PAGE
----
In England a vast amount was last year heard respecting education. Speakers on platforms and writers in newspapers and other periodical literature day by day and week by week for many months kept pouring forth words, words, words on this matter. It is not my intention to refer at all beyond what I have said to the somewhat lively education controversy in England which even as I write is by no means ended. Any such reference would be out of place in a book of this kind, and even were it not I confess I have no inclination whatever to rush into this particular fray. But it seems to me a curious fact that other countries, Japan amongst the number, have long since settled, and apparently settled satisfactorily, a problem which here in England is still under discussion, acrid discussion, and is yet quite evidently far from being permanently solved. The provisions and arrangements a nation has made for the education of its youth are, to my mind, an excellent test of the precise standard to which its civilisation has attained; because the future of a nation is with its youth, and that future must largely depend on the extent to and the manner in which its youth have been taught not only all those subjects which are commonly classified as knowledge but their duties and responsibilities as citizens. Judged by this test, Japan has every right to rank high among the nations of the world. And it can also be said of her in this matter that the education of her people is no new thing. It is not one among the many things she has learned from the West. Education was in vogue in Japan when that country was isolated from the rest of the world. Certainly Japan's contact with Europe and America has vastly improved her educational system, enabling her, as it has done, to utilise to the full the great advance there has been in scientific knowledge of every description during the last half-century or so. But, as far back as the seventh century, if history or tradition be correct, an educational code was promulgated in Japan. Certainly this code was limited in its application to certain classes, but education was gradually extended throughout the country, and even in days somewhat remote from the present time every member of the Samurai class was expected to include the three R's, or the Japanese equivalent of them, in his curriculum. The ordinary Samurai was, in fact, as regards reading and writing an educated man at a time when British Generals and even British Sovereigns were somewhat hazy in regard to their orthography and caligraphy.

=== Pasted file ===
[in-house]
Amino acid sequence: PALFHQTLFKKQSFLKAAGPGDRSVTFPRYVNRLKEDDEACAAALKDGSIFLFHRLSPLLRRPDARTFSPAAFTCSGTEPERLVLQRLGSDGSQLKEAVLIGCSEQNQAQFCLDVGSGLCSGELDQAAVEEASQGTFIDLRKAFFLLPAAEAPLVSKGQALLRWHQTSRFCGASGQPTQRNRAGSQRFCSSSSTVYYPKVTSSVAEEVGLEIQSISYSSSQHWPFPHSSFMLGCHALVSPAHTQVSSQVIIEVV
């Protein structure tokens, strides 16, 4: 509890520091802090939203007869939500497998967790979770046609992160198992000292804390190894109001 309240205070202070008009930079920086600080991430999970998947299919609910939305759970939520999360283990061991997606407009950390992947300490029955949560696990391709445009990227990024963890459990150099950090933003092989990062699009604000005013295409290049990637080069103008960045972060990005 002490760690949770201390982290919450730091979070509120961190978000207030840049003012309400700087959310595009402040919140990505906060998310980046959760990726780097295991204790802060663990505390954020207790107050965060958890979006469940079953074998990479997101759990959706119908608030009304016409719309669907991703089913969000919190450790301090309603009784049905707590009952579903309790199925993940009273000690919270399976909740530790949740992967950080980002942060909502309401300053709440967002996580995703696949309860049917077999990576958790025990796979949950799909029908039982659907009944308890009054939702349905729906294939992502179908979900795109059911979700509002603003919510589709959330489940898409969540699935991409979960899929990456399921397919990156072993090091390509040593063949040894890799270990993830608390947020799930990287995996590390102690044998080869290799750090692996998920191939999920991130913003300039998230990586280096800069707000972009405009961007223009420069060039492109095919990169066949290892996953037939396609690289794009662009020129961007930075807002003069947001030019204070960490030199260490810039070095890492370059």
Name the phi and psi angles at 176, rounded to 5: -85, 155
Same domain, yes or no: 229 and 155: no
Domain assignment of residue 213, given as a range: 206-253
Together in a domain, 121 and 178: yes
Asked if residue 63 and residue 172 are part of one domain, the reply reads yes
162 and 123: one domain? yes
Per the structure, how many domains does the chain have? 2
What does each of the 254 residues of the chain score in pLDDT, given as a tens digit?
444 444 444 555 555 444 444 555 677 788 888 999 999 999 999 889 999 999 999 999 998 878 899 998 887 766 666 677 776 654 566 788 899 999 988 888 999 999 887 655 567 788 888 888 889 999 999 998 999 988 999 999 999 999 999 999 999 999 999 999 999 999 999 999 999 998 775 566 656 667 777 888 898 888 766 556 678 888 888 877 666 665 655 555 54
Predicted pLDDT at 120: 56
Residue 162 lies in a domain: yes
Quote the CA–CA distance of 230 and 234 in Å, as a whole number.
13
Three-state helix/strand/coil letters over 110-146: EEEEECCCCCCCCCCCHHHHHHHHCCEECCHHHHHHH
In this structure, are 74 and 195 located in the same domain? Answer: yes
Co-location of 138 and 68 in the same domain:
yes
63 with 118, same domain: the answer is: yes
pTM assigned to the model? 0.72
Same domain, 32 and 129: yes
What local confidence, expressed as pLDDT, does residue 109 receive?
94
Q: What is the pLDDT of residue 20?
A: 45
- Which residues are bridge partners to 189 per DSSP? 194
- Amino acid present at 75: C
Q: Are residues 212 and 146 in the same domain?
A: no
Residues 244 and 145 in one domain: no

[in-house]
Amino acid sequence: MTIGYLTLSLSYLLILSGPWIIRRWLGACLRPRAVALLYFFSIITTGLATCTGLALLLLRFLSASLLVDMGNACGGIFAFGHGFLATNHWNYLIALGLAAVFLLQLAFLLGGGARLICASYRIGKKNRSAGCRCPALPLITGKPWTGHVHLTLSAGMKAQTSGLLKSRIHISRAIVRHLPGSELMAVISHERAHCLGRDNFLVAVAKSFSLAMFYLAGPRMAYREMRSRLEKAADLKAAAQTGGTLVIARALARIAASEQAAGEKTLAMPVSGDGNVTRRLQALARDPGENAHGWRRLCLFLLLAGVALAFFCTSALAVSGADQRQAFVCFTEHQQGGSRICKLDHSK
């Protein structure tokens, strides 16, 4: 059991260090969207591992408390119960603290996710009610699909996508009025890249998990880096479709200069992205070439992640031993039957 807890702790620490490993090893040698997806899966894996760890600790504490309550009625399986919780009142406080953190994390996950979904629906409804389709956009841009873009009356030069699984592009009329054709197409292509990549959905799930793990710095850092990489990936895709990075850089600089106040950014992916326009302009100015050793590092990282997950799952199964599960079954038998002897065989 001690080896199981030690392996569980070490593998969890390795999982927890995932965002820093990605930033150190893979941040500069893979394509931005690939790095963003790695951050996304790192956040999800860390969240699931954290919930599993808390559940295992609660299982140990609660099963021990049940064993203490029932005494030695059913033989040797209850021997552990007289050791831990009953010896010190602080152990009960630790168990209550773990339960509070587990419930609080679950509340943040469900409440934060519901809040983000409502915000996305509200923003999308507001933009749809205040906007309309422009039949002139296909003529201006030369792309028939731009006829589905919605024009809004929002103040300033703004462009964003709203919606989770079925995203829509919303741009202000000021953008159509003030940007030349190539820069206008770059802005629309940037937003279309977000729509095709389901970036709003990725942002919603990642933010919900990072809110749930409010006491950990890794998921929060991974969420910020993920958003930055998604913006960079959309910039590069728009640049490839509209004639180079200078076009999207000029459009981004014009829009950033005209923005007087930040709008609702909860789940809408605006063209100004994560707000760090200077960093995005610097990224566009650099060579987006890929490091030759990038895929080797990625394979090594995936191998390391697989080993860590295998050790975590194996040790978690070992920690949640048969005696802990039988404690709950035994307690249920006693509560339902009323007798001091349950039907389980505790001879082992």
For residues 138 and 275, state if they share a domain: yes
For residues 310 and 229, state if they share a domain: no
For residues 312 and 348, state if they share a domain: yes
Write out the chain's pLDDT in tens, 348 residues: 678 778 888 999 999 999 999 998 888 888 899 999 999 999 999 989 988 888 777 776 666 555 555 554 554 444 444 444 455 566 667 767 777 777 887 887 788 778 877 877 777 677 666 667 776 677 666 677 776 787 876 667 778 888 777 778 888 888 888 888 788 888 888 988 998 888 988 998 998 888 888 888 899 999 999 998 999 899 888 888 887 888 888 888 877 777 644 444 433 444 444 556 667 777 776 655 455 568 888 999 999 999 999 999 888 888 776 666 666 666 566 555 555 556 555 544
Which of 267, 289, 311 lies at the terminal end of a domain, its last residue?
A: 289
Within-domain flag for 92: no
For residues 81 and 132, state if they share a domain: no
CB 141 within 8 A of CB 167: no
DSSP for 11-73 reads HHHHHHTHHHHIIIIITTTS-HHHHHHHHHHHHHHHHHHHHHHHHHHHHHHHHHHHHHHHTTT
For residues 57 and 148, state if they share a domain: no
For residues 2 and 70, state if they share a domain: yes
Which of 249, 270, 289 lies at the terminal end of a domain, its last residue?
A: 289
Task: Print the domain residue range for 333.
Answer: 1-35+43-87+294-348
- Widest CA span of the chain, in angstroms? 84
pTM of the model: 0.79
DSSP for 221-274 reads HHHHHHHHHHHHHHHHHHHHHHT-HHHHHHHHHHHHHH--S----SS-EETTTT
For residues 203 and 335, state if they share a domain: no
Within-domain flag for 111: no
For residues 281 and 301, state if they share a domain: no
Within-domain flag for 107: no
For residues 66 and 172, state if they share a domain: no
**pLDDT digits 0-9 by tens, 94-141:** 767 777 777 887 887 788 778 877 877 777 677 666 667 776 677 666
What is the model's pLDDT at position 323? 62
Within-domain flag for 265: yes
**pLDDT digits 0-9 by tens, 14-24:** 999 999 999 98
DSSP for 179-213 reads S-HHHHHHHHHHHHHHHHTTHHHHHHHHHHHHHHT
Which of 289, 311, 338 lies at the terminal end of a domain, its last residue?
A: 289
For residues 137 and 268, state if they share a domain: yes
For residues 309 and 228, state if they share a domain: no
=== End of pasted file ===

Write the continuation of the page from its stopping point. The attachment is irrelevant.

Soon after the Revolution of 1868 a Board of Education was instituted in Japan, and the whole educational system of the country--because one had existed under the rule of a Tycoon--was taken in hand and reorganised. Three years later a separate Department of Education was formed at a time almost synonymous with the setting up of School Boards in England. As soon as it got itself into working order the Education Department despatched a number of specially selected Japanese to various European countries as well as to the United States of America to inquire into and report upon the system of education in existence and its suitability for adaptation or adoption in Japan. When these representatives returned from their mission and sent in their reports a code was compiled and the Mikado, in promulgating it, declared the aims of his Government to be that education should be so diffused throughout the country that eventually there might not be a village with an ignorant family nor a family with an ignorant member. It was a noble ideal, and I may remark that, though of course it has not been realised in all its fulness and probably will not be for very many years to come, it has been to a larger extent attained than a somewhat similar ideal which the late Mr. Forster is supposed to have entertained in reference to the effect of the Education Act which established a system of compulsory education for England and Wales.
In succeeding years various changes were made in the system of national education, and in 1883 that which now exists was brought into force. This is in effect compulsory education. Since education was first organised on any plan in Japan the number under instruction has steadily risen, and at present more than 90 per cent. of the children regularly attend school. In 1873 the number was 1,180,000; it is now over 5,000,000. There are about 29,000 primary schools, of which about 6,500 are higher primary schools with a million pupils. The total cost of the primary schools is somewhere about £3,000,000.